A third miracle occurred later when the priest opened the tabernacle door and found the wax container had broken into small pieces. In its place was a beautiful crystal pyx with the blood of the host inside. The pyx is approximately 1/2" thick and 2" in diameter, crystalline clear and with a small protrusion on the side that contains the largest collection of blood. It is irregularly shaped crystal through which can be seen the real flesh with delicate veins running from top to bottom and a quantity of blood which is collected at one end.

It was later placed in a gold and silver pear-shaped monstrance with a sunburst of 33 rays where it remains today.  The reliquary that houses the miraculous Host rests above the tabernacle, and can be viewed atop a set of stairs from behind the main altar.

The alley through which the woman carried the hostThe woman's house was converted into a chapel in 1684.

The small house where the miracle occurred is three blocks from the church. On the second Sunday of every April, this incident is re-enacted by local actors. The actual Holy Host is taken in solemn procession from the chapel at woman's house, to the church.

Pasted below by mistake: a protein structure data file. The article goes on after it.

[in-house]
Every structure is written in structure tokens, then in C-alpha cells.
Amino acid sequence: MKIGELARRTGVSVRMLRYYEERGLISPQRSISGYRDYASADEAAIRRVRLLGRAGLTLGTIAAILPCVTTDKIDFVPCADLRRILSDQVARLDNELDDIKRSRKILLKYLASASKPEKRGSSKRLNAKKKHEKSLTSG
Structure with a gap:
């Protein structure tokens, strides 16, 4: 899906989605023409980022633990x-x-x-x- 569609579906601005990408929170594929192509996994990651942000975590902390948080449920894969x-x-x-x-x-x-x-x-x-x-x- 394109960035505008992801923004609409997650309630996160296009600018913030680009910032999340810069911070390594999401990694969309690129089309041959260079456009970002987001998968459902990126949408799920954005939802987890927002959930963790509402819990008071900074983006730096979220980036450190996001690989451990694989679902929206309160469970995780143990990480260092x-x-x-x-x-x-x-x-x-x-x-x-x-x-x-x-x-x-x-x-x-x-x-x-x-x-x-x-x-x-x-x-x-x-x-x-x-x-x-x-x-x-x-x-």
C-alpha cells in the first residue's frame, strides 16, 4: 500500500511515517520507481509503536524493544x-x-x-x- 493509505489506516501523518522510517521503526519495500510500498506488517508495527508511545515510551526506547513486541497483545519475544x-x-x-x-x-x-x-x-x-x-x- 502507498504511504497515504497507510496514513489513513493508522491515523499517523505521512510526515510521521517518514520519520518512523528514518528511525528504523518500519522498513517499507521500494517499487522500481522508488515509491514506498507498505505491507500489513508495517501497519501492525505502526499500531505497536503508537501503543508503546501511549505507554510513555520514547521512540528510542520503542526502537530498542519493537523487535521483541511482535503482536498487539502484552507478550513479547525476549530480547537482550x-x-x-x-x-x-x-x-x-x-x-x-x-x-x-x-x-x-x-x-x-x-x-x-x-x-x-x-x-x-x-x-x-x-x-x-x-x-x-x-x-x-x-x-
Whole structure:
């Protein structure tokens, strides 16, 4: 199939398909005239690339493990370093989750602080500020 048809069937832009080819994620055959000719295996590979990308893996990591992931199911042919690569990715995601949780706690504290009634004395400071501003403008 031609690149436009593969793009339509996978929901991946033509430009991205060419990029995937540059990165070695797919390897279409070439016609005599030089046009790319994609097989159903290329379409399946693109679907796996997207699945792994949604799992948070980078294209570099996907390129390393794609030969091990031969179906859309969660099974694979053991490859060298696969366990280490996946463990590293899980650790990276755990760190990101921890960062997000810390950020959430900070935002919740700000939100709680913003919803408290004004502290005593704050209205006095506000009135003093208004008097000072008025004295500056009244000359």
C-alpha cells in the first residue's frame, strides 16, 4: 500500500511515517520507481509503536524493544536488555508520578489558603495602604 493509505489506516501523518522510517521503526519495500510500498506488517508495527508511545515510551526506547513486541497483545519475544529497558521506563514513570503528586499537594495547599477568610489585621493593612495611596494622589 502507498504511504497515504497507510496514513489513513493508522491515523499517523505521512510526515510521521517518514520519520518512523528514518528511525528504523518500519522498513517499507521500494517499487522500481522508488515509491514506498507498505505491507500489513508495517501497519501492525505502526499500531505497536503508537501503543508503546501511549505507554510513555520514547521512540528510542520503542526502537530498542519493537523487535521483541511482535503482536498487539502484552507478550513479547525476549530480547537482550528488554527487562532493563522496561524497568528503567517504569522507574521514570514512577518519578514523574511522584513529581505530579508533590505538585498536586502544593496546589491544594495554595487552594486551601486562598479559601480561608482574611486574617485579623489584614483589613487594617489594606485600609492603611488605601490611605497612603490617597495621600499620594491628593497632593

This case, along with many other Eucharistic miracles, gives witness to the real presence of Our Lord Jesus Christ in the Eucharist.

For those who do not believe, no explanation is possible.
For those who do believe, no explanation is necessary.

During the Age of Faith, even those who committed such sacrileges believed in the Real Presence. Building upon that faith, God called them to repentance and often rewarded them with impressive miracles.

In light of such miracles, the eBay controversy is a tragic sign of our times. We have lost the notion of our God in the Eucharist to the point that consecrated hosts become collectibles to be bought and sold as merchandise. It is the task of the Faithful to protest loudly and peacefully to bring back that faith. We must affirm the Real Presence even when others do not believe. We must trust in God that he will reward our efforts maybe not with miraculous hosts but with souls all aflame with love of Him and renewed strength to confront our secular culture.

 


 

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Quote of the day

DAILY QUOTE for January 24, 2021

Do not lose your inner peace for anything whatsoever, not ev...

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January 24

 

Do not lose your inner peace
for anything whatsoever,
not even if your whole world seems upset.
If you find that you have wandered away from
the shelter of God,